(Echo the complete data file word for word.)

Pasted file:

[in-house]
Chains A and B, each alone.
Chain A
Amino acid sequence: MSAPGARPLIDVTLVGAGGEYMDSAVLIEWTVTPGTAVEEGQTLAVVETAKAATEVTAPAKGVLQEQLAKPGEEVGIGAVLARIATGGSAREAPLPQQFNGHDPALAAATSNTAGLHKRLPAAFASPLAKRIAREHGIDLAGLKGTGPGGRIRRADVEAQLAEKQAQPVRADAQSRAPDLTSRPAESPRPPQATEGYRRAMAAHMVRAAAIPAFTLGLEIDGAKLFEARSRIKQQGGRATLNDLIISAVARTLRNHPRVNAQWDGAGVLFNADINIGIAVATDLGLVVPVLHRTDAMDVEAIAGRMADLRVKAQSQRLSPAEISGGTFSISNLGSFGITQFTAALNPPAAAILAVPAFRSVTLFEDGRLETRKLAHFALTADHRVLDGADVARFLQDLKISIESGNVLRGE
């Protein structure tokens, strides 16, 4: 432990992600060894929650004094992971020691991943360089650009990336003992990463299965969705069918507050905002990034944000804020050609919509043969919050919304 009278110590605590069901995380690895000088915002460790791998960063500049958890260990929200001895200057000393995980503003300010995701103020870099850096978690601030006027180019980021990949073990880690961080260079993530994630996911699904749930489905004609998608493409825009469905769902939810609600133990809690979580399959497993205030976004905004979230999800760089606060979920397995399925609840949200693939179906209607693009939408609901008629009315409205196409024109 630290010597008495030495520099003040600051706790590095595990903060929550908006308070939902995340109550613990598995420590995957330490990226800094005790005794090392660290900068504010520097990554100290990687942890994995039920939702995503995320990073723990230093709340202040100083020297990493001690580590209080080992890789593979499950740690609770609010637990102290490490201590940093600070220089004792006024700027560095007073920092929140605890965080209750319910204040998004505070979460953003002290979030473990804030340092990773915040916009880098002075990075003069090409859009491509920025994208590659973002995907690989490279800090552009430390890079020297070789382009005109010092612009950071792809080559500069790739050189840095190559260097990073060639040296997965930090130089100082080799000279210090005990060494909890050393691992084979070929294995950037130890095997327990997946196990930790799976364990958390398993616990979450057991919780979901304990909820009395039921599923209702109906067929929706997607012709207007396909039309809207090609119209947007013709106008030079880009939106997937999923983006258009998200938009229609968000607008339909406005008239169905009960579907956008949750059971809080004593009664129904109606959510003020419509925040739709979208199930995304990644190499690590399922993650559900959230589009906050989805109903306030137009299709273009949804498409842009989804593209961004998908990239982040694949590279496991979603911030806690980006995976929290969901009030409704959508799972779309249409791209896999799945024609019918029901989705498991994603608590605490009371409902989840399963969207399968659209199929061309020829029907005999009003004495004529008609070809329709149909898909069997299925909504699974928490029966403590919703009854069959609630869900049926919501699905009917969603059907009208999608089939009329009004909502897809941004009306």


[in-house]
Chains A and B, each alone.
Chain A
Amino acid sequence: MSAPGARPLIDVTLVGAGGEYMDSAVLIEWTVTPGTAVEEGQTLAVVETAKAATEVTAPAKGVLQEQLAKPGEEVGIGAVLARIATGGSAREAPLPQQFNGHDPALAAATSNTAGLHKRLPAAFASPLAKRIAREHGIDLAGLKGTGPGGRIRRADVEAQLAEKQAQPVRADAQSRAPDLTSRPAESPRPPQATEGYRRAMAAHMVRAAAIPAFTLGLEIDGAKLFEARSRIKQQGGRATLNDLIISAVARTLRNHPRVNAQWDGAGVLFNADINIGIAVATDLGLVVPVLHRTDAMDVEAIAGRMADLRVKAQSQRLSPAEISGGTFSISNLGSFGITQFTAALNPPAAAILAVPAFRSVTLFEDGRLETRKLAHFALTADHRVLDGADVARFLQDLKISIESGNVLRGE
């Protein structure tokens, strides 16, 4: 432990992600060894929650004094992971020691991943360089650009990336003992990463299965969705069918507050905002990034944000804020050609919509043969919050919304 009278110590605590069901995380690895000088915002460790791998960063500049958890260990929200001895200057000393995980503003300010995701103020870099850096978690601030006027180019980021990949073990880690961080260079993530994630996911699904749930489905004609998608493409825009469905769902939810609600133990809690979580399959497993205030976004905004979230999800760089606060979920397995399925609840949200693939179906209607693009939408609901008629009315409205196409024109 630290010597008495030495520099003040600051706790590095595990903060929550908006308070939902995340109550613990598995420590995957330490990226800094005790005794090392660290900068504010520097990554100290990687942890994995039920939702995503995320990073723990230093709340202040100083020297990493001690580590209080080992890789593979499950740690609770609010637990102290490490201590940093600070220089004792006024700027560095007073920092929140605890965080209750319910204040998004505070979460953003002290979030473990804030340092990773915040916009880098002075990075003069090409859009491509920025994208590659973002995907690989490279800090552009430390890079020297070789382009005109010092612009950071792809080559500069790739050189840095190559260097990073060639040296997965930090130089100082080799000279210090005990060494909890050393691992084979070929294995950037130890095997327990997946196990930790799976364990958390398993616990979450057991919780979901304990909820009395039921599923209702109906067929929706997607012709207007396909039309809207090609119209947007013709106008030079880009939106997937999923983006258009998200938009229609968000607008339909406005008239169905009960579907956008949750059971809080004593009664129904109606959510003020419509925040739709979208199930995304990644190499690590399922993650559900959230589009906050989805109903306030137009299709273009949804498409842009989804593209961004998908990239982040694949590279496991979603911030806690980006995976929290969901009030409704959508799972779309249409791209896999799945024609019918029901989705498991994603608590605490009371409902989840399963969207399968659209199929061309020829029907005999009003004495004529008609070809329709149909898909069997299925909504699974928490029966403590919703009854069959609630869900049926919501699905009917969603059907009208999608089939009329009004909502897809941004009306």